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Two years ago I was posting about lambars and bottles and how much to feed and several people chimed in about filling a lambar and leaving it out. I think one person gave gradually colder and colder milk and then was filling the lambar with cold milk and the goats were okay with that.

I have some questions for people that do this.

Do you still do a bottle at all? If you do a lambar when the weather is warmer, I would think you would need to be concerned with the milk warming it up and souring the milk.

A few people made it sound as though the kids didn't necessarily drink all the milk right away and the lambar was left outside for a period of time.

When calculating milk for the lamber do you just do the math of one goat would be getting 16 ounces and I have 10 goats on the lambar so multiply 16 x 10? This seems silly but I guess I'm asking if you add extra milk knowing that some goats eat faster and some eat slower?

I've seen people clip lambars to the fence and others use the stand. Is there a preference out there?

At what age do you switch from a bottle to a lamber?

Two years ago when we had kids we only did bottles and after 4-5 months of bottles, it was a lot of work. We are thinking of doing the lambar buckets this year with our kids.

Tonia
 

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Dave (TDG Farms) S.E. Washington State
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4,805 Posts
Ah! You have come to the right place :) I raise an average of 30-40 kids a year on lamb bars and its easier then you might think. So here goes.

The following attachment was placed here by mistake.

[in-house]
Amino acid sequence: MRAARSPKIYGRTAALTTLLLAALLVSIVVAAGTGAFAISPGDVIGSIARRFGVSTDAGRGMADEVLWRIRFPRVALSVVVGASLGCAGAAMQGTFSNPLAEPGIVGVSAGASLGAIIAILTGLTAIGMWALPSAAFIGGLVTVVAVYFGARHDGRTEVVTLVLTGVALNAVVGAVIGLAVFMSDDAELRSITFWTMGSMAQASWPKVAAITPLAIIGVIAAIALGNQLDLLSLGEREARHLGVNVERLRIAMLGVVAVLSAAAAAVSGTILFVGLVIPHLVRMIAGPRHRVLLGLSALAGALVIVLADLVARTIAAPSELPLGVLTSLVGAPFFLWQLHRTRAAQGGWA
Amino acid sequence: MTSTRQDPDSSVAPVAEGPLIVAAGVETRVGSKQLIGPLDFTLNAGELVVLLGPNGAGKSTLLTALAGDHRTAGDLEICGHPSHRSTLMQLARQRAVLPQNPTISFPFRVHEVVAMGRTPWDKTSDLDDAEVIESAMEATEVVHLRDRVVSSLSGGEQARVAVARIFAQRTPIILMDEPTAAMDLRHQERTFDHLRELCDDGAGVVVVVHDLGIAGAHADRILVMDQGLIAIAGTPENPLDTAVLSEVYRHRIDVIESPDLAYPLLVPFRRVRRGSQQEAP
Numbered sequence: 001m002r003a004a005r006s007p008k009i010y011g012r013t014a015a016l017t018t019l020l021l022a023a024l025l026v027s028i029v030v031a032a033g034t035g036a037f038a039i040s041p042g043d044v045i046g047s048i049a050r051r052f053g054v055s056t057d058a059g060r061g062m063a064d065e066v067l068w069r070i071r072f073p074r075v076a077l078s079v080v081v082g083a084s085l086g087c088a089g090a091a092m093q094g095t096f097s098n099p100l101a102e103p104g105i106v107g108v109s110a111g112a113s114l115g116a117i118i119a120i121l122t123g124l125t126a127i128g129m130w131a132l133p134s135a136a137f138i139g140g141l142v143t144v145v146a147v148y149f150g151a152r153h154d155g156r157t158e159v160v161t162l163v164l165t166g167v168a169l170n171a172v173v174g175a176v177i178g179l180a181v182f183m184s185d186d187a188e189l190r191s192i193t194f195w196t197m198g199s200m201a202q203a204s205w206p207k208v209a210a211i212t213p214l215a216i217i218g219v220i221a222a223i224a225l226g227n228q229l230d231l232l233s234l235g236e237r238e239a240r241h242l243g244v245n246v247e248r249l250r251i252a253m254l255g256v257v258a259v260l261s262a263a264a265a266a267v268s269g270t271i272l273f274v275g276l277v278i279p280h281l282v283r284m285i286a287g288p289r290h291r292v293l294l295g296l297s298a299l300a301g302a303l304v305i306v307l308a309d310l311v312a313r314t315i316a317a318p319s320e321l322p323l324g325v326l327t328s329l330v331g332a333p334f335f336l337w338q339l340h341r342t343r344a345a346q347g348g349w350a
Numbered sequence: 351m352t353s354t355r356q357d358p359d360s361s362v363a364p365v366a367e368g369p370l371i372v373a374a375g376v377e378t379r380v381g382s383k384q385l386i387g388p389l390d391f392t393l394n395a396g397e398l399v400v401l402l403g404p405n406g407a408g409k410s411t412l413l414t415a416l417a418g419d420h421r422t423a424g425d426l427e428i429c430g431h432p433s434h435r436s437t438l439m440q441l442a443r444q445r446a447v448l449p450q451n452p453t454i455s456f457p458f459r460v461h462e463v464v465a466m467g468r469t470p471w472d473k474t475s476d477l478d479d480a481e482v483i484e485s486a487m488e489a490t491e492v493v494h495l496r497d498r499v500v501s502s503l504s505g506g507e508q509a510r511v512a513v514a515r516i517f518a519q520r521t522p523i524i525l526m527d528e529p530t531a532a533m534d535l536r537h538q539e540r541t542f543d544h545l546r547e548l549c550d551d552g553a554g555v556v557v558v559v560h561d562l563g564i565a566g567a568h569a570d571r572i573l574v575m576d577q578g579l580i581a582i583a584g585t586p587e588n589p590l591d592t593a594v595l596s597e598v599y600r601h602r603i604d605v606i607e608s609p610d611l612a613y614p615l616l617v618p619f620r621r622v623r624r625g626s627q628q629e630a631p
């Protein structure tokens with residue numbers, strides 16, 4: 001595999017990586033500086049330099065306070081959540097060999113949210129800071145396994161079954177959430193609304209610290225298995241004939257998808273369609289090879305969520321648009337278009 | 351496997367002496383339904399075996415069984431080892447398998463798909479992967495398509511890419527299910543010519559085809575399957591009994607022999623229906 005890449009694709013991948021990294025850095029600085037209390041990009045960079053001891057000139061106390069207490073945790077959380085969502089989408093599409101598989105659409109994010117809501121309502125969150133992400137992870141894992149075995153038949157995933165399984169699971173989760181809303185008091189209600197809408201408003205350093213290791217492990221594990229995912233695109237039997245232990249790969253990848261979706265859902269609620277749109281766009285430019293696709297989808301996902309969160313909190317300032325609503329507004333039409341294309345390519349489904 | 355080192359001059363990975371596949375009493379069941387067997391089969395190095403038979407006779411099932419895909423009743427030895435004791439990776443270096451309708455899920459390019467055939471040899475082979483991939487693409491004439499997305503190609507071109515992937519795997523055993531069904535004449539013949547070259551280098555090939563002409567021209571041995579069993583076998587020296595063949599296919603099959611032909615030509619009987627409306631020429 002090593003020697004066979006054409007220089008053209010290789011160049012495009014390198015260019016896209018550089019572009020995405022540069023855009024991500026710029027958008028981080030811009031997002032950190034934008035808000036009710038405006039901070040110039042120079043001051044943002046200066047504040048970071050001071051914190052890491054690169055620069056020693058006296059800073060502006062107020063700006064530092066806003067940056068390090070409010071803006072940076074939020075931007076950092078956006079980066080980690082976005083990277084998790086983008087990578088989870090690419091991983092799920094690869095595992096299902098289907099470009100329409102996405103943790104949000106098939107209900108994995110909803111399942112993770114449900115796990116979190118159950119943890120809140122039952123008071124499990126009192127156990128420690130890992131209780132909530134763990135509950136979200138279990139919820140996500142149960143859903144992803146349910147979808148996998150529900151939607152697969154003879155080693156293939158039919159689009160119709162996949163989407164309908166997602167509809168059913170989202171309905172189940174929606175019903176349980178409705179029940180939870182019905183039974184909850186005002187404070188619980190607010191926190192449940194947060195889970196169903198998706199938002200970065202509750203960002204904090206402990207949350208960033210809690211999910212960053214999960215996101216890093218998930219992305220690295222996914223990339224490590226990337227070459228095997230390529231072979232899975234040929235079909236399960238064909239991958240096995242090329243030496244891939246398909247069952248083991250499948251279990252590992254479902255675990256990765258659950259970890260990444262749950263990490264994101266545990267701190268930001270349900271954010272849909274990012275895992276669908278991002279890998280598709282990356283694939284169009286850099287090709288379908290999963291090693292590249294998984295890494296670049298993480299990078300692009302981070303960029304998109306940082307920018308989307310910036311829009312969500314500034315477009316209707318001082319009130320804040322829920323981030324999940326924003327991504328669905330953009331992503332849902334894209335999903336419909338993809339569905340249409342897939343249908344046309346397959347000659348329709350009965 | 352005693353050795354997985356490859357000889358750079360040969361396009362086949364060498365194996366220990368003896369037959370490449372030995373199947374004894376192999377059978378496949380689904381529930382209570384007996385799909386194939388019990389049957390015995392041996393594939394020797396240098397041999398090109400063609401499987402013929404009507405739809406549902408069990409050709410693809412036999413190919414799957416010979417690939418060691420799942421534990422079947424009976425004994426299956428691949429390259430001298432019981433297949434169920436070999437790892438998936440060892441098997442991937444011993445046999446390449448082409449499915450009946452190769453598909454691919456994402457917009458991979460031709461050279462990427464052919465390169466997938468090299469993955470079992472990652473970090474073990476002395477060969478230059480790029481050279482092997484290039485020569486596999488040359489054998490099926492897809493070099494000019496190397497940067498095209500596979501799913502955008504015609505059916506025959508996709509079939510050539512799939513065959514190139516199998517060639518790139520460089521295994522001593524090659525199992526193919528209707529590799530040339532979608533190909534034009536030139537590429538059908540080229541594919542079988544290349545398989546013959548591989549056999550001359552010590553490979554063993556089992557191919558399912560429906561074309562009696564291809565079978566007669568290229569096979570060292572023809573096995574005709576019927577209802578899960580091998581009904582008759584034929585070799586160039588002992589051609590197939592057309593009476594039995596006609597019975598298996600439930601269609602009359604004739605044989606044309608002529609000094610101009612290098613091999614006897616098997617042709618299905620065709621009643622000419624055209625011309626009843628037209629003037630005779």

I like to start off with prichard teats (they have a breather hold and makes it easy for kids to eat) and either a 20 oz. or 1 liter plastic bottle as they screw onto just about any pop bottle. Remember to cut the ring off the bottle thats left over from twisting the cap off. The teat needs to be able to screw down all the way or it will leak... badly :) Depending upon the vigor of the kid, I will start them on the training lamb bar anywhere from 3 to 8 days. Ive had kids that have took right to it and others that needed me to put them on the lamb bar teat the entire time. This year we have been blessed with amazingly smart kids. I pulled a kid off her mom 2 days ago at 6 days old. She was left for about 20 hours before we tried to feed her. They never wanna eat from a bottle right away. When I offered her milk in the bottle, she took right too it. The next feeding I tested her on the lamb bar and after a few seconds gave it a try but didnt stay on it long enough to get the milk all the way to the tube. By the 3rd feeding she knew I was the mama and had the milk. I put her on the lamb bar and within 15 seconds was drinking like an old pro :) It will be another 5 days or so before she will start to go on the nipple herself. More on that in a few.